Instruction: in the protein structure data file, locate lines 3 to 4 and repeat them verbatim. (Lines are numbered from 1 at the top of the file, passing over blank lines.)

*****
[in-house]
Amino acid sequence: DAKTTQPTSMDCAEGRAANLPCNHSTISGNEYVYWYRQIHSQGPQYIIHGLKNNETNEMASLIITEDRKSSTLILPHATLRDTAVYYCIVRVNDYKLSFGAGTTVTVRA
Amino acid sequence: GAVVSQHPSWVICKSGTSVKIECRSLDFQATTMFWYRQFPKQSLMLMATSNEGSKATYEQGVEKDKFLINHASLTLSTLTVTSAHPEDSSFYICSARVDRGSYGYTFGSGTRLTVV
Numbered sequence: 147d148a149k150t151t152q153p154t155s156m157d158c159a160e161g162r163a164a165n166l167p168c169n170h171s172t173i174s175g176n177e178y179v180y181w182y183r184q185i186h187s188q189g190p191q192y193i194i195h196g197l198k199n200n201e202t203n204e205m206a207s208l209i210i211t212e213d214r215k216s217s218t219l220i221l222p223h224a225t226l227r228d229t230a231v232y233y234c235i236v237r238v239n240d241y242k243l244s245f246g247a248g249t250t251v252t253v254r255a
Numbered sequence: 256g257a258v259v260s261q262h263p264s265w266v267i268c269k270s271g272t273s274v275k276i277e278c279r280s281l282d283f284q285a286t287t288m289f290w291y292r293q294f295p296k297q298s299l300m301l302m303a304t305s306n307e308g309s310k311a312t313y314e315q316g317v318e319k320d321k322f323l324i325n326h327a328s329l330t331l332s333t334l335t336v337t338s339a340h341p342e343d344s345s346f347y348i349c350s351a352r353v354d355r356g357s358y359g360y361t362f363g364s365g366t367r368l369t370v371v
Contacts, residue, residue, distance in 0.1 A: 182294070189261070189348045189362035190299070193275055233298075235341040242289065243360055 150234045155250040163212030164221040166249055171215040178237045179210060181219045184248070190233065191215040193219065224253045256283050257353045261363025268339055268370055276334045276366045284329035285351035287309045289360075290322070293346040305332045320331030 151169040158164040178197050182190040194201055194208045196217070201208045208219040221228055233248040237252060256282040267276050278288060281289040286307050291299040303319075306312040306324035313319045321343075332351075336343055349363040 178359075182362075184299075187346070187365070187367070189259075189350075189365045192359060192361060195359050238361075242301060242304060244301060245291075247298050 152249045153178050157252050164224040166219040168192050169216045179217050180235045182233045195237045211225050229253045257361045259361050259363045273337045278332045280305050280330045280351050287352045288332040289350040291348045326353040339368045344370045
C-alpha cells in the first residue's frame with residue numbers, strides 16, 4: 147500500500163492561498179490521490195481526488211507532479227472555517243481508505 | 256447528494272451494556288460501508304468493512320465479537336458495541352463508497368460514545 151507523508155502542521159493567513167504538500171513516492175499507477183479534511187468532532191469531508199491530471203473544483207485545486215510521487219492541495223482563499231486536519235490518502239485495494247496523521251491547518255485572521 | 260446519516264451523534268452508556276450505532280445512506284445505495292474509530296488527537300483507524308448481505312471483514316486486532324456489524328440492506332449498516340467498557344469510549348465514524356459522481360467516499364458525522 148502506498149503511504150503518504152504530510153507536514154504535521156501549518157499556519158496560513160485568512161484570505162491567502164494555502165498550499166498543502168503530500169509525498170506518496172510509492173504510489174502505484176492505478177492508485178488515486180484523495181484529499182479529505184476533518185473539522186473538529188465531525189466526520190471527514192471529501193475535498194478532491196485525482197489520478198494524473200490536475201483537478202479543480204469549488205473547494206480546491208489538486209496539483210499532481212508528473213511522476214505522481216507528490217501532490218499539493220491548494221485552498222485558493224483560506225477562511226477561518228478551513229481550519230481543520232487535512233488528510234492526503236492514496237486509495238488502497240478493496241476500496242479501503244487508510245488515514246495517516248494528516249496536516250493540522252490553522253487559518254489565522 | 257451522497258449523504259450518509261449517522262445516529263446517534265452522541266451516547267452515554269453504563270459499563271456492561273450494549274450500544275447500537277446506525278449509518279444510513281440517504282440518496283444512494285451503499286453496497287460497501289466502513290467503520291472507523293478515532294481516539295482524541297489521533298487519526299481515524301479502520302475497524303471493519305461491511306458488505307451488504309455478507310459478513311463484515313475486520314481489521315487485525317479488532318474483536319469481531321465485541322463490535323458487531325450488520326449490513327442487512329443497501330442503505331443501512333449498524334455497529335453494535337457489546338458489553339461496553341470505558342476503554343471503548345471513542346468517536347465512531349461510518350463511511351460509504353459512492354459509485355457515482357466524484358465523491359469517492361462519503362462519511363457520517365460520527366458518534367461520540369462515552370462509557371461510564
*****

Amino acid sequence: GAVVSQHPSWVICKSGTSVKIECRSLDFQATTMFWYRQFPKQSLMLMATSNEGSKATYEQGVEKDKFLINHASLTLSTLTVTSAHPEDSSFYICSARVDRGSYGYTFGSGTRLTVV
Numbered sequence: 147d148a149k150t151t152q153p154t155s156m157d158c159a160e161g162r163a164a165n166l167p168c169n170h171s172t173i174s175g176n177e178y179v180y181w182y183r184q185i186h187s188q189g190p191q192y193i194i195h196g197l198k199n200n201e202t203n204e205m206a207s208l209i210i211t212e213d214r215k216s217s218t219l220i221l222p223h224a225t226l227r228d229t230a231v232y233y234c235i236v237r238v239n240d241y242k243l244s245f246g247a248g249t250t251v252t253v254r255a